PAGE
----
The students' questions gauged the level of concern felt amongst family members and friends regarding the priority of government spending as well as the sustainability of federal programs like Social Security and Medicare. During their time at home, they gathered feedback from people in their communities and compiled it into a survey.

The results, says Catlett, were both predictable and surprising. Seventy-three percent of the 229 people surveyed stated a high level of concern for the national government's finances. Sixty-two percent believed the government should spend less money bailing out financial institutions and instead increase spending for college education and 65 percent supported a boost in federal spending on children's health insurance.

Catlett says the survey provided the students with an opportunity to exchange thoughts and ideas. "I wanted to give students the opportunity to see the different generations' opinions," he says. "They really just listened and recognized that there were differences in how people feel. I think they got a better understanding of what our policymakers have to face."

The survey, notes Catlett, was done solely to provoke discussion, as opposed to being a research tool, which would require random samples and a far more elaborately designed poll. The results show the demographics of the students and their families, most of whom are from very small communities, as well as the opinions of this very small group. Both the intergenerational survey and a class questionnaire are online; to learn more, we suggest you check out the results.

Some students, however, acknowledge that they hadn't given much thought to how a $10.6 trillion debt could affect them. Miranda Campbell said that previous to taking the course, she never realized how much a budget that isn't balanced could impact her community.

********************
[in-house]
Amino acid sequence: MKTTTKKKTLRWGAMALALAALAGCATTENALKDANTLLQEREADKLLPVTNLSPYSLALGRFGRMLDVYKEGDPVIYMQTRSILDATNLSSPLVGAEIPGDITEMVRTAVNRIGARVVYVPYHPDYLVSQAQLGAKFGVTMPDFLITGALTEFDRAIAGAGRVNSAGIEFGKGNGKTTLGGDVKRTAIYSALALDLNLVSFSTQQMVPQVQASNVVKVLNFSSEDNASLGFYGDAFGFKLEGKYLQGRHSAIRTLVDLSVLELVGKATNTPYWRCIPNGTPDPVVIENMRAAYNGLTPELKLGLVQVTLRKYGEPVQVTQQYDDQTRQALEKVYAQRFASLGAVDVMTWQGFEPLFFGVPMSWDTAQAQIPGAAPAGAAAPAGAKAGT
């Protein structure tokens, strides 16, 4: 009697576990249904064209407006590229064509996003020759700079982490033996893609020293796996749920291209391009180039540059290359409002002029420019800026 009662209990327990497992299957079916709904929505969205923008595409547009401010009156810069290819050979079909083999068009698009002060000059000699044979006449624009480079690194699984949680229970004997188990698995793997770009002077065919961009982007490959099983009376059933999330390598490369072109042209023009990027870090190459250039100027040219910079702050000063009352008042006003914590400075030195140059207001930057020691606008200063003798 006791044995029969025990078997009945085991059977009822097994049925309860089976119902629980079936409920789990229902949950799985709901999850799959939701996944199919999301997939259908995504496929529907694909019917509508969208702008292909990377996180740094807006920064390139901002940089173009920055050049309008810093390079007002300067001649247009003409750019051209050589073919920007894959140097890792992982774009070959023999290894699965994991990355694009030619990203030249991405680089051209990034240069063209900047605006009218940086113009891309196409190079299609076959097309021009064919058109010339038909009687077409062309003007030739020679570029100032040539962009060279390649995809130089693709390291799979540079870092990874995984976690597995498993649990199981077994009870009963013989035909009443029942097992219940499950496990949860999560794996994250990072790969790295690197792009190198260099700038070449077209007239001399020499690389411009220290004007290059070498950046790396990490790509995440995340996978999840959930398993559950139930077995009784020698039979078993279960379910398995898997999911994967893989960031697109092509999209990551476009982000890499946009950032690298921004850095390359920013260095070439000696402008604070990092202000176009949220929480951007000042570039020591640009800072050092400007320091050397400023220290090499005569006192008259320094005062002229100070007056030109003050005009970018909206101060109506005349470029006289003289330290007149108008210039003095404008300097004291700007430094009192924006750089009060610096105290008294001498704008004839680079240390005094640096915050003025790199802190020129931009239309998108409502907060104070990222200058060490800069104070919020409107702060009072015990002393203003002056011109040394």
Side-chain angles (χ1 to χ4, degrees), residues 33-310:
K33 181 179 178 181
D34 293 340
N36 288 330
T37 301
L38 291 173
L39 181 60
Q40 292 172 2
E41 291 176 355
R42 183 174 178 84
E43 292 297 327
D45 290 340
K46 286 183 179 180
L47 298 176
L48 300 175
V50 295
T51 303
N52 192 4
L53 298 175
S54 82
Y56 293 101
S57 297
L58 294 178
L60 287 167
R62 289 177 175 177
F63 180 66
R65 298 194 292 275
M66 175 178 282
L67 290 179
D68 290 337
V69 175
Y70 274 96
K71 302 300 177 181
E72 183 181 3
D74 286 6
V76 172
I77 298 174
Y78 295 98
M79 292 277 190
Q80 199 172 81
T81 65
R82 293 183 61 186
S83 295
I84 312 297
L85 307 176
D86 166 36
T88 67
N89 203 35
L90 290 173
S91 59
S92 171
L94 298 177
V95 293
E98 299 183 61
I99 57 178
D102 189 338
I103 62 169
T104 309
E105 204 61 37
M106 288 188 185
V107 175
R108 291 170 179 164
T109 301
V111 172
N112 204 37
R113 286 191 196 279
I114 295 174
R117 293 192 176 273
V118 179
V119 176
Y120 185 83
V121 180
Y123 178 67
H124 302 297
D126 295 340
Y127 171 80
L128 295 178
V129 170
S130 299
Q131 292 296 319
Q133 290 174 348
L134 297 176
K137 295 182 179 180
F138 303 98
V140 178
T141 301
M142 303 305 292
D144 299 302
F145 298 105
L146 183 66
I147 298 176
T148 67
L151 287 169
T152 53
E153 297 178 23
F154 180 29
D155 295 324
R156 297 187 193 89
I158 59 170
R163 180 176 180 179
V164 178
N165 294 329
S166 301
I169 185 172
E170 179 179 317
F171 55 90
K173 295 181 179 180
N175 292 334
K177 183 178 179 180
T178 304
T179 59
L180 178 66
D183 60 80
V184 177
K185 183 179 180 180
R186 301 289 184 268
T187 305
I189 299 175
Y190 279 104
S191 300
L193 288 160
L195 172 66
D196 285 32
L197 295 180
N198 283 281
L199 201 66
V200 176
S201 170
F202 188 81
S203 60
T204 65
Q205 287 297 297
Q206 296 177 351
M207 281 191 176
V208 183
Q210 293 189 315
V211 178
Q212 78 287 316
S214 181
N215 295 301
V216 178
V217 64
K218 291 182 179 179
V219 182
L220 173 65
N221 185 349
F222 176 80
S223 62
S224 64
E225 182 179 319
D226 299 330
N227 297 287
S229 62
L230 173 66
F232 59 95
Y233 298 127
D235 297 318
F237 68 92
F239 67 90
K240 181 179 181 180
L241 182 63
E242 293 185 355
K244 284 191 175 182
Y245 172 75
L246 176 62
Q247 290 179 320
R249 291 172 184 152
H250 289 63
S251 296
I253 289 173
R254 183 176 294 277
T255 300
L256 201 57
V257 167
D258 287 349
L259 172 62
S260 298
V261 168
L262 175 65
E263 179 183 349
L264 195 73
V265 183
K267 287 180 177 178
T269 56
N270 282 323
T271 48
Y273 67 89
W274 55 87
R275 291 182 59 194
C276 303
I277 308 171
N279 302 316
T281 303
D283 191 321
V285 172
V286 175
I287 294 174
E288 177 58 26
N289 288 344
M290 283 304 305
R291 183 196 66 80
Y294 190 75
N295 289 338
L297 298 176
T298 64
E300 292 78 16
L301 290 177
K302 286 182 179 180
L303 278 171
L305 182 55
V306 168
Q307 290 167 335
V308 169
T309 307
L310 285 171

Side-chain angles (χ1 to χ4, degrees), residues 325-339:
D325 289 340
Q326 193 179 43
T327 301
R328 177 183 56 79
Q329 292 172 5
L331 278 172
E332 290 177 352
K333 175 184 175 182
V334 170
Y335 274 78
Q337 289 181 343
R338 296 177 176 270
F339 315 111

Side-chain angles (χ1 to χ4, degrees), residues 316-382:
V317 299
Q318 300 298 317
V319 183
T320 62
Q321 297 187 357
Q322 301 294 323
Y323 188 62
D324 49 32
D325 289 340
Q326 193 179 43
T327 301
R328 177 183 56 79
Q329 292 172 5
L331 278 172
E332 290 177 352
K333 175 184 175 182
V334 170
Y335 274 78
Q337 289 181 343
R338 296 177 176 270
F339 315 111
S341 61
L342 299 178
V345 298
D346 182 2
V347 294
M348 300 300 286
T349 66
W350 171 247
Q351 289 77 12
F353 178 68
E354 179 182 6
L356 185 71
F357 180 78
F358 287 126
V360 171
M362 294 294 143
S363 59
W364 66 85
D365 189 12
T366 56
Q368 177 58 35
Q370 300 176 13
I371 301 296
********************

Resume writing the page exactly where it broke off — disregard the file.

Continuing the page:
"I never really cared about the economy and politics and how it affects me," says Campbell, who is majoring in health promotion, a program training professionals to increase public awareness of the impact of health and lifestyle choices. "I lived in a small country town in Texas all my life and now, for the past three years, I have lived in Emporia, Kansas… As far as I could tell, the only way [it] affected me was gas prices and the price of goods. I have now come to a different conclusion."

Campbell wasn't alone in her initial lack of interest. "Before I took Basic Economics, I didn't think much about the economy. It's embarrassing to say this now because I like to stay educated about what goes on around me," recalls Mallory Livingston, an English/secondary education major. "Dr. Catlett did a good job tying in the informational aspect of economics with the effect it has on the world and the country; without him making the effort to make that connection, we might not have seen that on our own."

After several weeks, Livingston began to learn how critical the federal budget was to maintaining a stable economy. "Dr. Catlett asked us to think and discuss how we felt about the national debt," she says. "He asked us to look at the historical changes made in America's attitude toward debt and which changes could be made to curb that."

Classmate Amber Dawn Vanderhofe recently declared a double major in economics and sociology. Like Biehler, she has seen the effects of the recession reach her hometown of Mound Valley, Kansas - a town of just 400 people. Just recently, she watched as a close friend, a single mother, lost her job at a local business right before the holiday season. Vanderhofe credits Dr. Catlett's use of tools such as for captivating her interest and improving her understanding of the federal budget.